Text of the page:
The lead recount attorney for Democratic U.S. Sen. Bill Nelson remains confident his client will come out ahead after a manual recount of votes, despite a 12,562-vote deficit behind Republican Rick Scott in totals certified Saturday by the state.
“I expect to see that margin to evaporate entirely and for Sen. Nelson to take a small lead,” said attorney Marc Elias.
The margin between Scott and Nelson today represents 0.15 percent of nearly 8.2 million votes cast statewide. Florida law requires a machine recount if the gap between candidates falls with 0.5 percent.
Secretary of State Ken Detzner on Saturday ordered election officials in all 67 counties to prepare for a recount of three statewide races: U.S. Senate, Governor and Agriculture Commissioner.
Elias expects when the machine recount concludes that the gap between Nelson and Scott will shrink substantially.
The main reason? Undervotes.
There’s already been media speculation about why Broward County, a Democratic bastion, saw 24,992 fewer votes counted for U.S. Senate than for Governor, despite the race appearing first on the ballot.
Outlets like FiveThirtyEight suggest poor ballot design could play a role, but Elias dismissed that.
If design were a major element, Elias said, then ballots counted in Broward County since Tuesday would have similarly discrepancies. But Elias says as he observes election returns, the most recently counted ballots don’t show a significant deficit in Senate votes.
That leads Elias to believe the issue had to do with machine calibration. The devices counting votes must be carefully set to count light marks for votes but not be so sensitive to pick up stray marks as overvotes.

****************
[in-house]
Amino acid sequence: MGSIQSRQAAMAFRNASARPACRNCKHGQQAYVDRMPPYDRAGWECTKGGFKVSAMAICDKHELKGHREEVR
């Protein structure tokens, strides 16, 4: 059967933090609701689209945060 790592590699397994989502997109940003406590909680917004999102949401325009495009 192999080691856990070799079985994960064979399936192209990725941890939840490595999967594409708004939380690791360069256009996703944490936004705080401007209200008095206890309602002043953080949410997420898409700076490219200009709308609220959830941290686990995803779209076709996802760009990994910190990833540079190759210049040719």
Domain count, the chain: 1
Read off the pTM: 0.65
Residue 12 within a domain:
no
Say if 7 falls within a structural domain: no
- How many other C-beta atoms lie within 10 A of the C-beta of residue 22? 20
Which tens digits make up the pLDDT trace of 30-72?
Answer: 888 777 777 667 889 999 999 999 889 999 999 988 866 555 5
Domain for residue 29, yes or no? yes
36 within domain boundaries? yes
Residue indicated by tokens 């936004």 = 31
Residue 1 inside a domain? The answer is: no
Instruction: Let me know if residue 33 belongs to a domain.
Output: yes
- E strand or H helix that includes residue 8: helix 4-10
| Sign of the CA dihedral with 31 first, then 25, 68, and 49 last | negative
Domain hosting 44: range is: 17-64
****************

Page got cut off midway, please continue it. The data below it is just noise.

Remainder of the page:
Machines across the state will be recalibrated before the recount, which most counties expect to start Sunday. That should lead more votes cast for U.S. Senate.
Based on where there seem to be a high number of undervotes, Elias expects gains for Nelson.
But even if the machines don’t pick up all potential votes, Elias expects a hand recount will find more. State law requires a manual recount if the vote margin remains within 0.25 percent.
“The human eye can make judgments on voter intent that machines can’t,” Elias said.
If a voter marked a bubble with an ‘X’ or circled a choice, then a machine likely won’t count that. But a canvassing board will put that vote into totals.
Elias brushed aside concerns raised by Republicans about some 20 rejected provisional ballots in Broward County that were inadvertently put in the vote pool there.
The ballots were all rejected because of mismatched signatures, Elias said. The Nelson campaign has a pending federal lawsuit that asserts Florida’s signature requirement law violates a constitutionally protected right to vote.
In the end? Elias doesn’t know for sure where the margin will settle, but remains upbeat.
“I like Sen. Nelson’s odds over those of the Governor,” Elias said.